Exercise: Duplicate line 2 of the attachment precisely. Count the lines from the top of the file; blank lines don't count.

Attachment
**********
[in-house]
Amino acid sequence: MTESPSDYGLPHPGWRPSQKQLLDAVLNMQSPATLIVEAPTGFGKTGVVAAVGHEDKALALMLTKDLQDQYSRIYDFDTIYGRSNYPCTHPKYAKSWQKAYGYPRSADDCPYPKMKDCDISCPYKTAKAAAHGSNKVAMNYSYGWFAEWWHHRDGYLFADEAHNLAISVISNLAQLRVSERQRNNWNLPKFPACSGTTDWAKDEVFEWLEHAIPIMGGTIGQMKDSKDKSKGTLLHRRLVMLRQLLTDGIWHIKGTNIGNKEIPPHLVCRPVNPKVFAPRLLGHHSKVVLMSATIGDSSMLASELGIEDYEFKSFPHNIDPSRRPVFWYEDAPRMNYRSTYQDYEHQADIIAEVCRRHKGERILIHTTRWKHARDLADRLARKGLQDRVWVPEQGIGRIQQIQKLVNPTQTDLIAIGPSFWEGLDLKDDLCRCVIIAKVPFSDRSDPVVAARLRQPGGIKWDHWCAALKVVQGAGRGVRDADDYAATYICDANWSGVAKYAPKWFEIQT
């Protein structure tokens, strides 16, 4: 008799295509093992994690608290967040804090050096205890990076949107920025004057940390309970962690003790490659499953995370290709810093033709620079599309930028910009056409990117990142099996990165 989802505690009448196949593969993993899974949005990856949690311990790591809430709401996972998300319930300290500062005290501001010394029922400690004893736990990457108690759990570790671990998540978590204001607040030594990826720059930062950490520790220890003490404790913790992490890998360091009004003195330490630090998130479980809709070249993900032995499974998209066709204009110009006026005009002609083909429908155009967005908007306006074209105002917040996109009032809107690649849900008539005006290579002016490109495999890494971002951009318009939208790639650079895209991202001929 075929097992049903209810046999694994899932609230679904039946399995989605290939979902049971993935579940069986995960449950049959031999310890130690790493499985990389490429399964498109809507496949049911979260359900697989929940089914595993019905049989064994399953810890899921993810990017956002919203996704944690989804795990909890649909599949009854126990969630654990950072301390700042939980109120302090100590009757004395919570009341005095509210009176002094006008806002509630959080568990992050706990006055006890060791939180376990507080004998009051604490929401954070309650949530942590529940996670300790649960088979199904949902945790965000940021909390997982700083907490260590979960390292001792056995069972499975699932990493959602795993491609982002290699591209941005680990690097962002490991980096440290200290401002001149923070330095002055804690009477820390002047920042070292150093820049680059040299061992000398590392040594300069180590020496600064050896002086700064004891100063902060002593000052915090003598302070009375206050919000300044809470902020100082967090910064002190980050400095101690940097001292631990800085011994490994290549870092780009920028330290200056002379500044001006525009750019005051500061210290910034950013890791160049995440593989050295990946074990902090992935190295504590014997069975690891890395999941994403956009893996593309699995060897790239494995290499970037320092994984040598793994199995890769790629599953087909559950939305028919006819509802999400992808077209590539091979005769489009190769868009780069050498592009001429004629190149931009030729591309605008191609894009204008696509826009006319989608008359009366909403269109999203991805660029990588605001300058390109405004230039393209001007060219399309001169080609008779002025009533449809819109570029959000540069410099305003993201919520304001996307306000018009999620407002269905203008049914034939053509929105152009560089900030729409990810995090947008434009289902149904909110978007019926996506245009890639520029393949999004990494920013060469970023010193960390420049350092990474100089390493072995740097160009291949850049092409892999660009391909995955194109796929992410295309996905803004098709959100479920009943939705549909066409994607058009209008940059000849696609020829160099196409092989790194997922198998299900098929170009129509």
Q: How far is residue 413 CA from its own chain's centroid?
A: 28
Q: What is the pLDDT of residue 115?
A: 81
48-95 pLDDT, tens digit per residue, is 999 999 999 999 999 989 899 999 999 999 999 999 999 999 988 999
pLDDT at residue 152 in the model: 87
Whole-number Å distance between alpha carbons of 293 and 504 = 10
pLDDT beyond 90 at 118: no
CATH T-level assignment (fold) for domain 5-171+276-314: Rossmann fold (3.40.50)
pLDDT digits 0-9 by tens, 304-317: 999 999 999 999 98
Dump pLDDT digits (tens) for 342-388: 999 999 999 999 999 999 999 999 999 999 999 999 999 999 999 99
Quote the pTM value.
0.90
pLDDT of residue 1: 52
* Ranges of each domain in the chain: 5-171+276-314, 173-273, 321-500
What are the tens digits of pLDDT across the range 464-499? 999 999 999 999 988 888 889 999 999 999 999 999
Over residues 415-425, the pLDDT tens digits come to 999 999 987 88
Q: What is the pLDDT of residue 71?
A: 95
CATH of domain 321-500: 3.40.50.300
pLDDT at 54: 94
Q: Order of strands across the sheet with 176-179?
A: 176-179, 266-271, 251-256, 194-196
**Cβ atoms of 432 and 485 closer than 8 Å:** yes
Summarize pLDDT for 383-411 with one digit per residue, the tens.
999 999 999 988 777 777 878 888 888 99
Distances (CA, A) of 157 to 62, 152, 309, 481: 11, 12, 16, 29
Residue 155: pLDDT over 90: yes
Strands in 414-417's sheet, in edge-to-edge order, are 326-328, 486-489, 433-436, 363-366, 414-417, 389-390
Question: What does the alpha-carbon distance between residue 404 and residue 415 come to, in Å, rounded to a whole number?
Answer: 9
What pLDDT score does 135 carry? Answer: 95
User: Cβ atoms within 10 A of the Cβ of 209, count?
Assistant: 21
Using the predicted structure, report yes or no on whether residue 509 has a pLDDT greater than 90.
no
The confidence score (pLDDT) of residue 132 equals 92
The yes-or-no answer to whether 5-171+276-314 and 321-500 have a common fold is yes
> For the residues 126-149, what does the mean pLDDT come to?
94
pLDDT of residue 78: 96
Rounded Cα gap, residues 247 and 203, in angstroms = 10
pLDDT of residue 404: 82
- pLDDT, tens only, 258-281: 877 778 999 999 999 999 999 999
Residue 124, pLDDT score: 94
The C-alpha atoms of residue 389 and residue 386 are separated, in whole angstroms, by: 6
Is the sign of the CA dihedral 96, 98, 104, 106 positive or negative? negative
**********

Amino acid sequence: MTESPSDYGLPHPGWRPSQKQLLDAVLNMQSPATLIVEAPTGFGKTGVVAAVGHEDKALALMLTKDLQDQYSRIYDFDTIYGRSNYPCTHPKYAKSWQKAYGYPRSADDCPYPKMKDCDISCPYKTAKAAAHGSNKVAMNYSYGWFAEWWHHRDGYLFADEAHNLAISVISNLAQLRVSERQRNNWNLPKFPACSGTTDWAKDEVFEWLEHAIPIMGGTIGQMKDSKDKSKGTLLHRRLVMLRQLLTDGIWHIKGTNIGNKEIPPHLVCRPVNPKVFAPRLLGHHSKVVLMSATIGDSSMLASELGIEDYEFKSFPHNIDPSRRPVFWYEDAPRMNYRSTYQDYEHQADIIAEVCRRHKGERILIHTTRWKHARDLADRLARKGLQDRVWVPEQGIGRIQQIQKLVNPTQTDLIAIGPSFWEGLDLKDDLCRCVIIAKVPFSDRSDPVVAARLRQPGGIKWDHWCAALKVVQGAGRGVRDADDYAATYICDANWSGVAKYAPKWFEIQT